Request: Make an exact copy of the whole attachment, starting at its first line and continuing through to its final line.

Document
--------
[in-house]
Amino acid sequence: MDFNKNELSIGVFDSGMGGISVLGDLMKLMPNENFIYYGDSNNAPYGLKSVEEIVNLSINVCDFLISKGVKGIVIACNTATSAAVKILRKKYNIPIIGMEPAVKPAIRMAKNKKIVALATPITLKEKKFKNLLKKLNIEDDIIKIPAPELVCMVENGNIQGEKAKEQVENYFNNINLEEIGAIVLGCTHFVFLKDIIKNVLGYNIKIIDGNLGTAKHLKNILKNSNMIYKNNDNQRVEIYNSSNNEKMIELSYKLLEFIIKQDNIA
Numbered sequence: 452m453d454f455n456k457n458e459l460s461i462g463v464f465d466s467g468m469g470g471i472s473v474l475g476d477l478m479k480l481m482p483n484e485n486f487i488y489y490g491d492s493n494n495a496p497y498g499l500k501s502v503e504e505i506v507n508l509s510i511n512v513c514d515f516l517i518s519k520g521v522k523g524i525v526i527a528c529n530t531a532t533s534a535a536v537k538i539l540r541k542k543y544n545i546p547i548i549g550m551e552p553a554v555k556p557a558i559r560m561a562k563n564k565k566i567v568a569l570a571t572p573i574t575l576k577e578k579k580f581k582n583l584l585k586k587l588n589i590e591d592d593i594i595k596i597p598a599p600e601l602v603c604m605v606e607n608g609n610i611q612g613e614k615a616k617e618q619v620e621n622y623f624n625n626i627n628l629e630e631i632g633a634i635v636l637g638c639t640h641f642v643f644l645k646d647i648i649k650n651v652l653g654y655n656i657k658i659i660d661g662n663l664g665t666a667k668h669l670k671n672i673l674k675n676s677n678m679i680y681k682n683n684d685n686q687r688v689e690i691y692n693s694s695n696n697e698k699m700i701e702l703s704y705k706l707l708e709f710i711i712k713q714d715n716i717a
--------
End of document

[in-house]
Amino acid sequence: MDFNKNELSIGVFDSGMGGISVLGDLMKLMPNENFIYYGDSNNAPYGLKSVEEIVNLSINVCDFLISKGVKGIVIACNTATSAAVKILRKKYNIPIIGMEPAVKPAIRMAKNKKIVALATPITLKEKKFKNLLKKLNIEDDIIKIPAPELVCMVENGNIQGEKAKEQVENYFNNINLEEIGAIVLGCTHFVFLKDIIKNVLGYNIKIIDGNLGTAKHLKNILKNSNMIYKNNDNQRVEIYNSSNNEKMIELSYKLLEFIIKQDNIA
Numbered sequence: 452m453d454f455n456k457n458e459l460s461i462g463v464f465d466s467g468m469g470g471i472s473v474l475g476d477l478m479k480l481m482p483n484e485n486f487i488y489y490g491d492s493n494n495a496p497y498g499l500k501s502v503e504e505i506v507n508l509s510i511n512v513c514d515f516l517i518s519k520g521v522k523g524i525v526i527a528c529n530t531a532t533s534a535a536v537k538i539l540r541k542k543y544n545i546p547i548i549g550m551e552p553a554v555k556p557a558i559r560m561a562k563n564k565k566i567v568a569l570a571t572p573i574t575l576k577e578k579k580f581k582n583l584l585k586k587l588n589i590e591d592d593i594i595k596i597p598a599p600e601l602v603c604m605v606e607n608g609n610i611q612g613e614k615a616k617e618q619v620e621n622y623f624n625n626i627n628l629e630e631i632g633a634i635v636l637g638c639t640h641f642v643f644l645k646d647i648i649k650n651v652l653g654y655n656i657k658i659i660d661g662n663l664g665t666a667k668h669l670k671n672i673l674k675n676s677n678m679i680y681k682n683n684d685n686q687r688v689e690i691y692n693s694s695n696n697e698k699m700i701e702l703s704y705k706l707l708e709f710i711i712k713q714d715n716i717a